'We need the public to back off': Animal control says well-intentioned people are making it difficult to catch stray dog

VIRGINIA BEACH, Va. (WTKR/CNN) - Authorities want the public to help them catch a runaway dog that has eluded them for months. They say well-meaning people are making the job more difficult.

Animal control officers in Virginia Beach says well-meaning passersby are making it harder to catch a stray dog. (Source: WTKR, VB Animal Control, Facebook via CNN)

It's hard to imagine a dog sitting patiently on the side of an incredibly busy intersection.

"She is very street smart. She is car savvy, so she stays right at edge of road,” said Meghan Conti with Virginia Beach Animal Control.

Video shows the female hound dog appearing approachable, but then running away when people get too close.

"We have tried treats and that just is not effective,” Conti said.

Lucy, the elusive hound, has been keeping Virginia Beach Animal Control officers on their toes for more than six months.

She was only with her new family for a couple of days after her adoption, and then she escaped.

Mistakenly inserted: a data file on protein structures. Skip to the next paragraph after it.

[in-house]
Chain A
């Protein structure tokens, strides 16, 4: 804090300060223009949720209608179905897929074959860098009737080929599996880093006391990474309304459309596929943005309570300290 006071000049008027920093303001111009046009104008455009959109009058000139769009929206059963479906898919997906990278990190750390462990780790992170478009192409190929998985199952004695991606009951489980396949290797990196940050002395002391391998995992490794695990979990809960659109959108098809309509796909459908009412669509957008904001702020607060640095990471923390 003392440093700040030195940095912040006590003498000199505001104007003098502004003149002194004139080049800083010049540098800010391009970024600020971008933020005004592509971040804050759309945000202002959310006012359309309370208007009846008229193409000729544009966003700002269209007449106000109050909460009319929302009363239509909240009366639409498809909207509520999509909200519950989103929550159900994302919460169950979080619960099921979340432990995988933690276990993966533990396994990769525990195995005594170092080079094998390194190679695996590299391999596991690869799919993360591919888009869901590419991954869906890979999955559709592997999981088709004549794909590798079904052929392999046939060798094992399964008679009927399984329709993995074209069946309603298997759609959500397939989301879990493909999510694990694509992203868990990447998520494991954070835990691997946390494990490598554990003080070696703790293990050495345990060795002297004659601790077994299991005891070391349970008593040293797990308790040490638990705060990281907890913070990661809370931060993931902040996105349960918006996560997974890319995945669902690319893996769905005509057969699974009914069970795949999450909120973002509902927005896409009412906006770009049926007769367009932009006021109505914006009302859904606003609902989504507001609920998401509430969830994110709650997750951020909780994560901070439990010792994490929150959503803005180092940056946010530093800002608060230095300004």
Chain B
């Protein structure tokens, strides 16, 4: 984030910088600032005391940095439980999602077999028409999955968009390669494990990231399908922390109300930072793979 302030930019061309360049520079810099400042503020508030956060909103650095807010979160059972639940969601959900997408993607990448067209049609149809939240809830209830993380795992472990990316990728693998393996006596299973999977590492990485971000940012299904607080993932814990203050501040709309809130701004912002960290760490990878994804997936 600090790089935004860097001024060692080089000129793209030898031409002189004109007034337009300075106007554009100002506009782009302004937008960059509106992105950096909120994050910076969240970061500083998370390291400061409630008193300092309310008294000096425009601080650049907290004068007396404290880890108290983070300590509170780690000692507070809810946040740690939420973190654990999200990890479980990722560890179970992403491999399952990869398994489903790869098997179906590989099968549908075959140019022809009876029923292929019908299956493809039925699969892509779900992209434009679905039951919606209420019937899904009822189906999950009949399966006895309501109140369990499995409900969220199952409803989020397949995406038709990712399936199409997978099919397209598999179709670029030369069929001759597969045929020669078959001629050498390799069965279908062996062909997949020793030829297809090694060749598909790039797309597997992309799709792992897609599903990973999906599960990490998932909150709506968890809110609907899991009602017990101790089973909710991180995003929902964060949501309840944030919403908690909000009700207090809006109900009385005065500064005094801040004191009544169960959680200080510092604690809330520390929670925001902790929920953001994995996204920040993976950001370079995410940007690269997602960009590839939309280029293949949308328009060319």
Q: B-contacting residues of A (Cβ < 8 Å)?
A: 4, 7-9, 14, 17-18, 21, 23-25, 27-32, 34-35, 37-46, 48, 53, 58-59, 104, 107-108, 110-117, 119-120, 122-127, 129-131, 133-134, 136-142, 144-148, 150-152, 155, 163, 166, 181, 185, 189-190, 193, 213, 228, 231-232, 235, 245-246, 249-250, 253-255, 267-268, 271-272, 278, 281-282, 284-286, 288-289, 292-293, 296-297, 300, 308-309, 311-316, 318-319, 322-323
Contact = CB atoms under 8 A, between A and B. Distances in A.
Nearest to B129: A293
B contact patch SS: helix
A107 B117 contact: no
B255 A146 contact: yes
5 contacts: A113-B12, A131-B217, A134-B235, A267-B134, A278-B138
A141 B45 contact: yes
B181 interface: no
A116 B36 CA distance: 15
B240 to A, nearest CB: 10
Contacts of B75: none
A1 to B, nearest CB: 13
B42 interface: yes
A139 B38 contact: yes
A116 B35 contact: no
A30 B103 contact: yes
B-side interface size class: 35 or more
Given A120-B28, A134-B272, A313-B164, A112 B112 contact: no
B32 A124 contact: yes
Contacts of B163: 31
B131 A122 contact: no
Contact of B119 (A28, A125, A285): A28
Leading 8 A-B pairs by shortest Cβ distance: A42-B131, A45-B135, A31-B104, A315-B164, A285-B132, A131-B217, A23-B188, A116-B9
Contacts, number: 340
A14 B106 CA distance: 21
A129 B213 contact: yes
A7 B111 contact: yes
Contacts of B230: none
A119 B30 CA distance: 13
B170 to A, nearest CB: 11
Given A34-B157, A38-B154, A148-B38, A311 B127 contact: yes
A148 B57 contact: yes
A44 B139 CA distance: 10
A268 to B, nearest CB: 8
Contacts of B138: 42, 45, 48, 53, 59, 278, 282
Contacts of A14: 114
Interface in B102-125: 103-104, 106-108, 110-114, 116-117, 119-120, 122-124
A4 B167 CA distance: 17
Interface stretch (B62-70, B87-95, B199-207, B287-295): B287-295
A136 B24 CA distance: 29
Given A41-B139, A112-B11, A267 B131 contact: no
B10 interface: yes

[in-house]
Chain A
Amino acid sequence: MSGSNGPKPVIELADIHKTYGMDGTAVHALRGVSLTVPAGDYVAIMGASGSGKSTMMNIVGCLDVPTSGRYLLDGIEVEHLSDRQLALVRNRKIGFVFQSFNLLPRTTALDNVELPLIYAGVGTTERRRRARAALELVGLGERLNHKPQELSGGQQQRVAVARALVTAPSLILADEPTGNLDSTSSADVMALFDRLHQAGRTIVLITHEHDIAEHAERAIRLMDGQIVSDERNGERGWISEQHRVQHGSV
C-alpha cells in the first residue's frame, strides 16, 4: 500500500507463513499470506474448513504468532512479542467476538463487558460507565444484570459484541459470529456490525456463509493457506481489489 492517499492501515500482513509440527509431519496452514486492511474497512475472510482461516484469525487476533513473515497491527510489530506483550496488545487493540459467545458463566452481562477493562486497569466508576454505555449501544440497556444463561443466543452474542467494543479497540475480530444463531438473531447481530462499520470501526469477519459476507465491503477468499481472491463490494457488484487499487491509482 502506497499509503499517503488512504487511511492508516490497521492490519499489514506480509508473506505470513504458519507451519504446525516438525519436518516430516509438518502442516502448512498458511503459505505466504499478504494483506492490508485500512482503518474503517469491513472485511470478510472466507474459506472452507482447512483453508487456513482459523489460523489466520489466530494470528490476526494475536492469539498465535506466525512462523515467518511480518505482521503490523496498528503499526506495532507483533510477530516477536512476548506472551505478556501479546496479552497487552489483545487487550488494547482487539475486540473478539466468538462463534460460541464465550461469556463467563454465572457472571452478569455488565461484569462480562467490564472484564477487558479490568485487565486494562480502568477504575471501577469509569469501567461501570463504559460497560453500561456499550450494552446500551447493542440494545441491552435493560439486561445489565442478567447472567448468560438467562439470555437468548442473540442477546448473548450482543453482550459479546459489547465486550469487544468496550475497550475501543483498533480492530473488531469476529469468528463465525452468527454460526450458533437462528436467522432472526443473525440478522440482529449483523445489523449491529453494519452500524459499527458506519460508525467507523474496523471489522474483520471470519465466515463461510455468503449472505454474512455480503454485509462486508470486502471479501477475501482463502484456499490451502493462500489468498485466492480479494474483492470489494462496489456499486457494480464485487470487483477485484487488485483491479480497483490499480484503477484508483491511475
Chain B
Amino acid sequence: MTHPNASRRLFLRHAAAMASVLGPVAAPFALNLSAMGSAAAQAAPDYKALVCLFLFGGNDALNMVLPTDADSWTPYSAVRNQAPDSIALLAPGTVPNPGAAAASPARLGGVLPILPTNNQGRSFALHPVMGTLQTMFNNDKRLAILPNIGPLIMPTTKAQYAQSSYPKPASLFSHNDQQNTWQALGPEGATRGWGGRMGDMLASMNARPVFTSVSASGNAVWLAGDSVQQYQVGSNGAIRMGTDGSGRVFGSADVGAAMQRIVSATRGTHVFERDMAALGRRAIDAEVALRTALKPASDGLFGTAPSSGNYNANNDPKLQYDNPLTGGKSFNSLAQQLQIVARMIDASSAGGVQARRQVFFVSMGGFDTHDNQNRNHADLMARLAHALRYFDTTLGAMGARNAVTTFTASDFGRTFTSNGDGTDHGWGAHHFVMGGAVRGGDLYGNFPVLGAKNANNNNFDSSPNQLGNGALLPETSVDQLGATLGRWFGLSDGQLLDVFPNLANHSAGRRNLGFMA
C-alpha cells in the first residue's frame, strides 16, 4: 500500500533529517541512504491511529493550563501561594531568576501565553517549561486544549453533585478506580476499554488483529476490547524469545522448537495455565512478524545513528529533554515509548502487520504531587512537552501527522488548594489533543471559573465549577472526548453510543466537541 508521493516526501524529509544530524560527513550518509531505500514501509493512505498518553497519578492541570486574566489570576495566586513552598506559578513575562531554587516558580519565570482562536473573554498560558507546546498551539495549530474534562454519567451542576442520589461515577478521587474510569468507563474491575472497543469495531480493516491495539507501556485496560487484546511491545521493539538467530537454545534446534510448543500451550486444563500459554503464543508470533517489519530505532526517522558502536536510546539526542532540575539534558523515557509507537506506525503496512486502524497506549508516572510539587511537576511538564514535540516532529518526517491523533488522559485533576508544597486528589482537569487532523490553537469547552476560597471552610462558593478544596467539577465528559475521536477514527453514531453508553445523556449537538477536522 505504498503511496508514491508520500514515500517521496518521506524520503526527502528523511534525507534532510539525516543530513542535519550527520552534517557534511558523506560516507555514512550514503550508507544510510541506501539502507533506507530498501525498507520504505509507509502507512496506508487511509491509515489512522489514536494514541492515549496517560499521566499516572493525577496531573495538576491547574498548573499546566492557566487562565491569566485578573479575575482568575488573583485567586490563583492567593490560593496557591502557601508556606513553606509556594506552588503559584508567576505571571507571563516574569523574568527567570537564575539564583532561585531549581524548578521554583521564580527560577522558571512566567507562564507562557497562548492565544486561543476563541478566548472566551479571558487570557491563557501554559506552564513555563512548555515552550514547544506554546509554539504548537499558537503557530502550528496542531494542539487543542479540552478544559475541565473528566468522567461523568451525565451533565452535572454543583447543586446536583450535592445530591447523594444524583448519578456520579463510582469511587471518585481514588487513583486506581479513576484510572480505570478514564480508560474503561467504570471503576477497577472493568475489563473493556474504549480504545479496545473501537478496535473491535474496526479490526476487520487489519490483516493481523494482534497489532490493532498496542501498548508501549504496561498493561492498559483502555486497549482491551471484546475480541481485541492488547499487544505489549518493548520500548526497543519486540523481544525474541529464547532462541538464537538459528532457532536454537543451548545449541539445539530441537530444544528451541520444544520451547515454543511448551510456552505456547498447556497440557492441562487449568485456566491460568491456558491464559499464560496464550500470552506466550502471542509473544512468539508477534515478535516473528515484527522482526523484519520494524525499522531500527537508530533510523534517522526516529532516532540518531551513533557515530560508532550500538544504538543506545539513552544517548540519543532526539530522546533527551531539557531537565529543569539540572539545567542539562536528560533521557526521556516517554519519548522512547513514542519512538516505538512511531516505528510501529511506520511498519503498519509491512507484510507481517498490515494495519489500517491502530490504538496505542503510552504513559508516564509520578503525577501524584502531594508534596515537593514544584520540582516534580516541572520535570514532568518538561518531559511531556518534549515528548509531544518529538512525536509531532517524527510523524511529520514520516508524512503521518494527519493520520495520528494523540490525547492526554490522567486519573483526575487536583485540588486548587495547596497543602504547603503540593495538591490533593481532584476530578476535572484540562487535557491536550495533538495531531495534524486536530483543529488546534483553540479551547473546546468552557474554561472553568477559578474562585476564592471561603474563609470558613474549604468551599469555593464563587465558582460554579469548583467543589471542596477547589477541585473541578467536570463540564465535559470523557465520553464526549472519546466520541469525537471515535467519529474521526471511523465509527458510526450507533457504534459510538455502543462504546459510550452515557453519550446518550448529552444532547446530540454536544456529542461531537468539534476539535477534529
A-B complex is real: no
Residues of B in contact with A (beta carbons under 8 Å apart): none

"We moved to the steps of putting a humane trap out. That trap, any trap set for a dog, is baited with food,” Conti said.

Animal control says during the past six months, the dog did go into one of the traps, but then she either escaped or was let out, which just adds more of a challenge.

Well-intentioned passersby are causing more problems by throwing Lucy food and treats.

"We really need the public to back off a little bit and allow us to do our job,” Conti said.

Animal control has motion detector cameras set up and is working in tandem with Gina Highfield, who runs a lost and found pet group on Facebook.

"Just knowing that she is out there every night - my dogs are inside being spoiled, sleeping on a couch. She is out in the woods in freezing cold,” Highfield said.

Highfield helped put out a new “Missy Trap,” a trap designed specifically for skittish dogs who wouldn’t normally go into a smaller sized trap.

Lucy supporters posted large signs, pleading for the public to stay off the private property where the dog is sheltering.

"This is our job. We are trained in how to do this,” Conti said. “We have done this for years, and so we need the public to trust we are doing everything possible and to allow us time and patience that we need."

The ultimate goal is to bring Lucy to safety and find her a forever home.

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